I mentioned earlier that I never idolized other journalists, but for a time, I envied the success of a few. In my 40s, I muttered to my mother that my career had never seemed to get off the ground.

She stared at me, then said, “You’ve always made a living doing what you love,” and the light switched on. I have considered myself a lucky man ever since.

And to my extreme surprise, I discovered that the experience — added up over a half-century of Social Security taxable earnings — has been worth a million, and a fair amount more.

Steve Lang thanks all his readers – and employers — for 50 years of total enjoyment.

 

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Thursday Sampler: Not Bound by Blood by Gay Ingram http://venturegalleries.com/blog/thursday-sampler-not-bound-by-blood-by-gay-ingram/ http://venturegalleries.com/blog/thursday-sampler-not-bound-by-blood-by-gay-ingram/#comments Thu, 26 May 2016 06:40:38 +0000 http://venturegalleries.com/?p=76142 In our mission to connect readers, writers, and books, Venture Galleries is showcasing some of the best authors in the marketplace today. Thursday’s Sampler features an excerpt from Not Bound By Blood, a riveting new drama of love and loss... Read more

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FinalCover

In our mission to connect readers, writers, and books, Venture Galleries is showcasing some of the best authors in the marketplace today. Thursday’s Sampler features an excerpt from Not Bound By Blood, a riveting new drama of love and loss and discovery by Gay Ingram.

About Gay Ingram

Gay Ingram writes from her cabin in the piney woods of East Texas. For over twenty-five years she has been entertaining and informing readers either through her novels or by way of articles published in magazines such as Writer’s Journal, BackHome and The Herb Companion.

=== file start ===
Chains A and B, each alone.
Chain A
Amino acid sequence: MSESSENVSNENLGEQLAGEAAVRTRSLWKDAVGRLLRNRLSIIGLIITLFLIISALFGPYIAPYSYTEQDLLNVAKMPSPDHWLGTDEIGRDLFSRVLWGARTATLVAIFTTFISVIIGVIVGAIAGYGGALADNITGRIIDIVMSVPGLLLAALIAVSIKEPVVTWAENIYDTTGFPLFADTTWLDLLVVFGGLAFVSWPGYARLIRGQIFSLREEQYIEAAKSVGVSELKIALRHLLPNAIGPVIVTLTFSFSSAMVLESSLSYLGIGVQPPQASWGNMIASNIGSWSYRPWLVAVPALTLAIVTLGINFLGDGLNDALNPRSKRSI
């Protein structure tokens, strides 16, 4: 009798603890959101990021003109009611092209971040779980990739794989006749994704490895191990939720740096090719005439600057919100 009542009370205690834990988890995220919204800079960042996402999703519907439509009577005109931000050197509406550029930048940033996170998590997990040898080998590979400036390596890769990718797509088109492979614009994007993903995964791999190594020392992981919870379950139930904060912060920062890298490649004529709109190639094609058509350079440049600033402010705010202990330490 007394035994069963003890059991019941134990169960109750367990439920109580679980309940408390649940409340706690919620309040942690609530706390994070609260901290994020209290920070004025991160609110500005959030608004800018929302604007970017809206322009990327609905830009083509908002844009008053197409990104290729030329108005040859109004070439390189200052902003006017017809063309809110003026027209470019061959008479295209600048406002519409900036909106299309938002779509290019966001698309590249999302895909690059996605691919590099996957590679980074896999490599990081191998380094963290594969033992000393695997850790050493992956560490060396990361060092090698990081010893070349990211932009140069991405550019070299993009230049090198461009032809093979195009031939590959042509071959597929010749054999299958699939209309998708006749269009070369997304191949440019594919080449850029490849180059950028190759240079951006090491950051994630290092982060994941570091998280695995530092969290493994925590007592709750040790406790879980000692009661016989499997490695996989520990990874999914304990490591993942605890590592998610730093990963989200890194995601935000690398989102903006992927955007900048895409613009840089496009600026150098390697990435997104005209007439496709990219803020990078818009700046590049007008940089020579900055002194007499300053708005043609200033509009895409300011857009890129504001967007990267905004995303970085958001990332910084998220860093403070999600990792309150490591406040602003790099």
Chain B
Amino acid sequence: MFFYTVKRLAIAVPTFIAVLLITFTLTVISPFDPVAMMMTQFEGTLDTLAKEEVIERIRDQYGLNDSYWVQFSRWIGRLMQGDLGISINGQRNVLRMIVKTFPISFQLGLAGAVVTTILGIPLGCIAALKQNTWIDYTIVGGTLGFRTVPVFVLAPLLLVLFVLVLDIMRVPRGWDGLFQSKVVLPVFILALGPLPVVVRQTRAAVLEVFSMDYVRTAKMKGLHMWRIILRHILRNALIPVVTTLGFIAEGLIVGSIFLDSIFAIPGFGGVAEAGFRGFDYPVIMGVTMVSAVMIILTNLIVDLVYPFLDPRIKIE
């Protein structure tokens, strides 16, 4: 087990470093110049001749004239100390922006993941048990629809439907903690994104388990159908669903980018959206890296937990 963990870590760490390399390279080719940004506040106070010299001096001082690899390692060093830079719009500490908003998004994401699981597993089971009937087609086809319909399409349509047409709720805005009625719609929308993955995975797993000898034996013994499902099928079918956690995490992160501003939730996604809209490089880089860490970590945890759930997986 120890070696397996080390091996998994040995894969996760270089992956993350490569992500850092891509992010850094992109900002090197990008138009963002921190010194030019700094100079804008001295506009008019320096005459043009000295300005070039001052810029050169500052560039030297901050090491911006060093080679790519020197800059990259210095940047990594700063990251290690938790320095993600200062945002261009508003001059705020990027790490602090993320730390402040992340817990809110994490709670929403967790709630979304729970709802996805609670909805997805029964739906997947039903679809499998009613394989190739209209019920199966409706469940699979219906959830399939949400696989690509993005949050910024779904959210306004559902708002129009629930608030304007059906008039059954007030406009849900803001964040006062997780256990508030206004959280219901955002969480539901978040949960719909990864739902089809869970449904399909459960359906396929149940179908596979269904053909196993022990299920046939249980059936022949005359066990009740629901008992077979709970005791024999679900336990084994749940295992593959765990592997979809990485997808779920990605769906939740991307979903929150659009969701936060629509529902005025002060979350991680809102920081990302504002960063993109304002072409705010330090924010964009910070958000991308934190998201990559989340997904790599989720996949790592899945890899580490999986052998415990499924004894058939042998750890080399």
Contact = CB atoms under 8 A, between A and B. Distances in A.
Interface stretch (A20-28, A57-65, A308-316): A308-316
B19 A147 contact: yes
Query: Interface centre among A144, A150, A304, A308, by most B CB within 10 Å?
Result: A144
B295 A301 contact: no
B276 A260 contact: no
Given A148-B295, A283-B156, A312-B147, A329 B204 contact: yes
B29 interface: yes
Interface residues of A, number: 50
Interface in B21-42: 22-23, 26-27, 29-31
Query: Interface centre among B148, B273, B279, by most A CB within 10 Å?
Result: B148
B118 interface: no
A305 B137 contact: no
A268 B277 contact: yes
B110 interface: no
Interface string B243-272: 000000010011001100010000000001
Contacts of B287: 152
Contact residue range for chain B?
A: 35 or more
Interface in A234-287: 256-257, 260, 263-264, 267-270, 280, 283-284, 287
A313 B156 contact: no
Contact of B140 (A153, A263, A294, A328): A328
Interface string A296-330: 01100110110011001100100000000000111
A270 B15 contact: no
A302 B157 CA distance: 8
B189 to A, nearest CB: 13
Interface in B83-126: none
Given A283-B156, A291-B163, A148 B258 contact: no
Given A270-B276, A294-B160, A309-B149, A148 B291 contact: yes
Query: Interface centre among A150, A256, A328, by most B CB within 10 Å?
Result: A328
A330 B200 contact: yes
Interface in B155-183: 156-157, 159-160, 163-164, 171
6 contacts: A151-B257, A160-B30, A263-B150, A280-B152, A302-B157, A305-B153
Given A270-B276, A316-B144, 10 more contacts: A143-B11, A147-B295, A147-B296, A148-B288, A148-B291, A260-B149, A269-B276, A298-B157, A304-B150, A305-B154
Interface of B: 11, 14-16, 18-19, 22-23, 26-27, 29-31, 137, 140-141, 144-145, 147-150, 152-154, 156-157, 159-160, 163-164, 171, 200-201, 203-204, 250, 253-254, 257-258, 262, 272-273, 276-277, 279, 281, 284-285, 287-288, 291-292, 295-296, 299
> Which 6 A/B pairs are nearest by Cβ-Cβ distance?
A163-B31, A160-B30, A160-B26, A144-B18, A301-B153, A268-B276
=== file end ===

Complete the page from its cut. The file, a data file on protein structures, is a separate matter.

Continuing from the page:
Recently introduced to blogging, she now contributes a blog to www.venturegalleries.com and posts twice-weekly on her own blog, Comparing Oranges and Apples, at www.gayingram.blogspot.com.

The Story

In a friendship forged in high school days, solemn athletic Miriam Meyer and flamboyant actress Blanche LaRue seem as different as apples and kumquats.

After winning an Olympic Gold Medal while still a teenager, a plane crash forces Miriam to give up her dream of a repeat performance. She marries and settles for small-town life as the wife of her banker husband, Brad Hammond.

Blanche disposes of anything that will come in the way of achieving her goal, even husband and child. Her career carries her into the European war scene. An enamored Count Romano Vicente comes to rescue her.

Although continents sometimes separate the friends, their strong bond of friendship remains.

The Sampler

Gay Ingram

Gay Ingram

Blanche shrugged. “I’m glad to be back but acting jobs are scarce right now. Everybody’s caught up in the war news.” She caught a flash of alarm flicker across Miriam’s face. “Oh Mare, I’m so sorry. The fact of Brad’s enlistment completely left my mind. Do you know where he’ll be going yet?’

“All we know right now is that he has to report on December 30th. We won’t know anything else until then. All we know right now is that he has to report on December 30th. We won’t know anything else until then.”

“Gee, Mare. That’s rough. Are you going to be all right? Of course, you do have your parents close by to help you out.”

“I haven’t tried to think about when he’ll be gone. We just want to have a happy Christmas and enjoy the days we have left before…” she swallowed hard.

Blanche leaped from her seat and rushed to Miriam’s side. She pulled her friend into a close embrace, rubbing her back until the sobbing ended. After a bit, Miriam pulled away and dabbed at her eyes with a handkerchief she pulled from her pocket.

“Guess we never know what life is going to throw at us, do we? Look at me, one day married to a man willing to give me the moon and the next, back where it all began and all alone again. Well, not exactly alone.”

Miriam cocked her head and gave Blanche a puzzled look. Blanche remained with her head bowed. The ensuing silence between them grew heavier.

“Well? You are going to explain that last remark, aren’t you? Have you found a new somebody already?”

Blanche’s head jerked up, ready to deny whatever Miriam hinted at. Instead, she lunged to her feet and began to pace. “The fact of the matter is, I’m pregnant.” She stopped in the middle of the room and threw both arms out wide. “Can you believe it? Romano’s dead and I’m pregnant.”